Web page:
The Center, founded in 1985, is an environmental organization dedicated to protecting the environment, enhancing human, animal and plant ecologies, promoting the efficient use of natural resources and expanding participation in the environmental movement.
Thursday, January 07, 2016
Electric Vehicles Can't Compete With Internal Combustion Engines
The2015 car-sale dataare in: Americans bought a record 17.5 million passenger vehicles in the United States, of which 113,588— 0.6 percent — were either plug-in hybrids or all-electrics, according toinsideevs.com. That was about 10,000 fewer than in 2014.
Automakers have sold 404,176 electrics (EVs) since they hit the market in 2010. That is 0.16 percent of the 250 million-plus U.S. passenger vehicle fleet. Assuming all are still on the road, carmakers must sell 300,000 this year and next to reach 1 million, or 0.3 percent of the fleet, by 2018.
The limiting factor is, was and will be for years the value proposition: Given the cost of advanced batteries, which has not come down as swiftly as EV boosters assumed, most EVs are still very expensive. Gas savings, however, can’t offset the higher purchase price, even when you factor in the $7,500 federal tax credit EV buyers get. Unless and until that’s solved, the raison d’etre of electric cars, and of federal policies to favor them — making a significant dent in carbon emissions — will be null and void.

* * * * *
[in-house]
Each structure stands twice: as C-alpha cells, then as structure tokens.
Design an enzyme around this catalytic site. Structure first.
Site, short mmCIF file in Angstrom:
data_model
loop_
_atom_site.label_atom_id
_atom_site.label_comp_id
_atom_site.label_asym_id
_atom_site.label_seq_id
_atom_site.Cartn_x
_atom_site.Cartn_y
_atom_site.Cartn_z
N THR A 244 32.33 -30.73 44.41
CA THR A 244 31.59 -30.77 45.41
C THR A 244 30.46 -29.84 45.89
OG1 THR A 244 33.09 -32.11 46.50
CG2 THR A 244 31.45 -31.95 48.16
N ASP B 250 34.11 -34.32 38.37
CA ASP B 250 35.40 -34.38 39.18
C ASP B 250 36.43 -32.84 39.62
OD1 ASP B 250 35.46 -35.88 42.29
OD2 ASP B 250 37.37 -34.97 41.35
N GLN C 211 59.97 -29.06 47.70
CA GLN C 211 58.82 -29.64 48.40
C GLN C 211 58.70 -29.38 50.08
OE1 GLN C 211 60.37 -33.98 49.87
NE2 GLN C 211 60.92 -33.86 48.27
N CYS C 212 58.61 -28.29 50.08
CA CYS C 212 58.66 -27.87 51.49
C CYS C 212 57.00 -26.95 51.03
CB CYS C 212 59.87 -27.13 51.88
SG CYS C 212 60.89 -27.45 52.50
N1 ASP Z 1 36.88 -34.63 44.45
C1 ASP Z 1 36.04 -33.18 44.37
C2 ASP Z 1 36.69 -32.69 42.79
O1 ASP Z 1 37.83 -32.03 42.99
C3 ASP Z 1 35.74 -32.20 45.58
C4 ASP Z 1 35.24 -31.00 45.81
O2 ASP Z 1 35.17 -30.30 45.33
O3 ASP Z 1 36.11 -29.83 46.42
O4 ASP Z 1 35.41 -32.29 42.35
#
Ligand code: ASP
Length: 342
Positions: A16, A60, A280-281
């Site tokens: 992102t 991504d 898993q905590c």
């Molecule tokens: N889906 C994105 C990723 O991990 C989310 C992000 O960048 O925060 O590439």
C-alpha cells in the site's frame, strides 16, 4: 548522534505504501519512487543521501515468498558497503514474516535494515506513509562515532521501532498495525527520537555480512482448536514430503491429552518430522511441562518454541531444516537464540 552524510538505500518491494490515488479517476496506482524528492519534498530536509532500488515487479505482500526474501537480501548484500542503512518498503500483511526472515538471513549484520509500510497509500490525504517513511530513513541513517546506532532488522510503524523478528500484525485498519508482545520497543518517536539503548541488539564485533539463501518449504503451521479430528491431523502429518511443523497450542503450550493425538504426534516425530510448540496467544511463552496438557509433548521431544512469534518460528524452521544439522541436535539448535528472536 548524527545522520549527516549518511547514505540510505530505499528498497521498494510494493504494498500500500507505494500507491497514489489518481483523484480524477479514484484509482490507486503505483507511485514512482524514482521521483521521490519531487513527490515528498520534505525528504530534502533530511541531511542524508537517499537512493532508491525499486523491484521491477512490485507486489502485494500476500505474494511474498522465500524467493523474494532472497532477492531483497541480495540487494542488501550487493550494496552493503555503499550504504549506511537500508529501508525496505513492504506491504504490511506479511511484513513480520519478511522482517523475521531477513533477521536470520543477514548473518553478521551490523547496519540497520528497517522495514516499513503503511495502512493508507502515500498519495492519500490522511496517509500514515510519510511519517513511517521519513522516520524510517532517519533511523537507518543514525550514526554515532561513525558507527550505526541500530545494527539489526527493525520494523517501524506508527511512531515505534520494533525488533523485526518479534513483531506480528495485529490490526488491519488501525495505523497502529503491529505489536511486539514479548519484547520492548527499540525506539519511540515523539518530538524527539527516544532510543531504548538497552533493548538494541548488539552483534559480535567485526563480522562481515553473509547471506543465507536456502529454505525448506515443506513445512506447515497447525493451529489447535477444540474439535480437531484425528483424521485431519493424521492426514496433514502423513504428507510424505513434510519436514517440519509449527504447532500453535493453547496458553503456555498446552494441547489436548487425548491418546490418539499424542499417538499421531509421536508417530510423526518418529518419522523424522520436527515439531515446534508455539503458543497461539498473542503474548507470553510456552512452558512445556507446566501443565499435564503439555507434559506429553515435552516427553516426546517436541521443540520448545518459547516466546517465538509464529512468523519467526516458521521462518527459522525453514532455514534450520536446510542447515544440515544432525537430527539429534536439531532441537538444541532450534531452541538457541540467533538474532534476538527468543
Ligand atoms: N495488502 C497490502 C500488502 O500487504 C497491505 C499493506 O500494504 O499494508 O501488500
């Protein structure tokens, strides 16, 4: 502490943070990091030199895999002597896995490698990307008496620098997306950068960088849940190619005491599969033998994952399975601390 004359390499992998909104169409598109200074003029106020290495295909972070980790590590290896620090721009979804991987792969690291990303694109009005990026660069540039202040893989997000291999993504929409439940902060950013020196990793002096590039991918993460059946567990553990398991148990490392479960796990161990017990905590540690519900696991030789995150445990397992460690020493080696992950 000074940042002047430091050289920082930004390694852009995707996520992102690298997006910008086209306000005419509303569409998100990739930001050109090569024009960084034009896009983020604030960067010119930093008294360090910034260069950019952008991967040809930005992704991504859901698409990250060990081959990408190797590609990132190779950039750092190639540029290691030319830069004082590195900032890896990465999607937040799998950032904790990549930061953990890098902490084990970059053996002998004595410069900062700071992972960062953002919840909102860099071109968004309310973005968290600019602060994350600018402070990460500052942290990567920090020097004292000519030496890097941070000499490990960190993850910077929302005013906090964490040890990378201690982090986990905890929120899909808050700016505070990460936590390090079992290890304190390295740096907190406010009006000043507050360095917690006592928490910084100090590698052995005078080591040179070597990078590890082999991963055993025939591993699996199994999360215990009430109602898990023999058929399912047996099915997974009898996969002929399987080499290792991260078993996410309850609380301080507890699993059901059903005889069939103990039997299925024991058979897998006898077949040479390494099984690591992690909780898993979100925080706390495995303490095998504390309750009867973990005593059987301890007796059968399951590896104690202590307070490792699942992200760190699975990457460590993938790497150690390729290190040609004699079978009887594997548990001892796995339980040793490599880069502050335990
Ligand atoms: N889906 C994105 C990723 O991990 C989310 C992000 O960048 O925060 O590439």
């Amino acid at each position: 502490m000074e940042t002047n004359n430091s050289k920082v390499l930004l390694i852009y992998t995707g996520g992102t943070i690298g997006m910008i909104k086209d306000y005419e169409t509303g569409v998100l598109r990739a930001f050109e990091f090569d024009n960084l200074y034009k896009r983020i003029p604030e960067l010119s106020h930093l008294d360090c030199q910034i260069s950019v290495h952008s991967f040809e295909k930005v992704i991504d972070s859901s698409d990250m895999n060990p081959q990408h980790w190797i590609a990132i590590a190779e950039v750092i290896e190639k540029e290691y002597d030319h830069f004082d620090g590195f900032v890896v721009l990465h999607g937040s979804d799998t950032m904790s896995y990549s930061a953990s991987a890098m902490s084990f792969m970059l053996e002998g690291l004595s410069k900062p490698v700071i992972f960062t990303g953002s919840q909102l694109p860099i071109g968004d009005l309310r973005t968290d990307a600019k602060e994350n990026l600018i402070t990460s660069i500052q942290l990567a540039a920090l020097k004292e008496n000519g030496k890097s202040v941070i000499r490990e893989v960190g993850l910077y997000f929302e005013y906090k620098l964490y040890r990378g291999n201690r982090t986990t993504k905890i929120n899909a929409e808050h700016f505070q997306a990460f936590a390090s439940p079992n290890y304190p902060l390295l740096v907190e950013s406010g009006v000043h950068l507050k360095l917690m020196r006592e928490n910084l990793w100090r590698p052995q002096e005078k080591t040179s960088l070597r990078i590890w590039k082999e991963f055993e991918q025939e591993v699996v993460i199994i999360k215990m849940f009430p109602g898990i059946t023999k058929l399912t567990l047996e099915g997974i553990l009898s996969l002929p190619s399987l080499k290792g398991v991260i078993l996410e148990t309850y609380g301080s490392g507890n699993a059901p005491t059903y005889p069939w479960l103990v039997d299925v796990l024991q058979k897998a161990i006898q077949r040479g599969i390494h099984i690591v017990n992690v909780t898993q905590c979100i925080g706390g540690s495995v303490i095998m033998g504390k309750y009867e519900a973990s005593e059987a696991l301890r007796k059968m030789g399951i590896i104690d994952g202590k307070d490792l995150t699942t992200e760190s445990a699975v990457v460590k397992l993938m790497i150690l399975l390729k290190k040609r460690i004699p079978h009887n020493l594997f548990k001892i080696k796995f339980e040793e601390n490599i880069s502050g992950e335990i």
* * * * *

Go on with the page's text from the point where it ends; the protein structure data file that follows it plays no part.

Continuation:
Take the 2016 Chevy Volt, a plug-in hybrid that can go 50 miles or so on battery power before a gas motor kicks in. The Volt’s annual fuel cost (gas and electricity) is $250 less than the yearly gas tab for a comparable Mazda 3, according to the Energy Department.However, the Volt’s list price (with all the options and after the tax credit) is $3,525 more than a similarly equipped Mazda 3’s. Do the math: The Volt’s gas savings will offset the price differential in 14 years. Two-dollar-a-gallon gas isn’t doing anything to help the EV value proposition. Tesla? Priced north of $100,000. Tesla did sell 50,580 vehicles worldwide in 2015. Tesla owes its survival to subsidies. This Silicon Valley start-up has gotten $4.9 billion in state and federal support over the past decade, according to a May 30 Los Angeles Times report. The Times’s figure doesn’t include the tax breaks and other incentives for EV buyers in Norway, whose inhabitants had purchased 8,700 Tesla Model S’s as of October — roughly 10 percent of Model S sales worldwide since its introduction — according to the Norwegian Embassy in Washington.
In September 2012, the Congressional Budget Office estimated that the U.S. government was on course to subsidize EV production and sales to the tune of $7.5 billion through 2019. We might have gotten more carbon reduction, sooner, if the government had spent that much money on things other than tax breaks for retrofitting coal plants to burn natural gas or nuclear power. (Wash Post, 1/6/2016)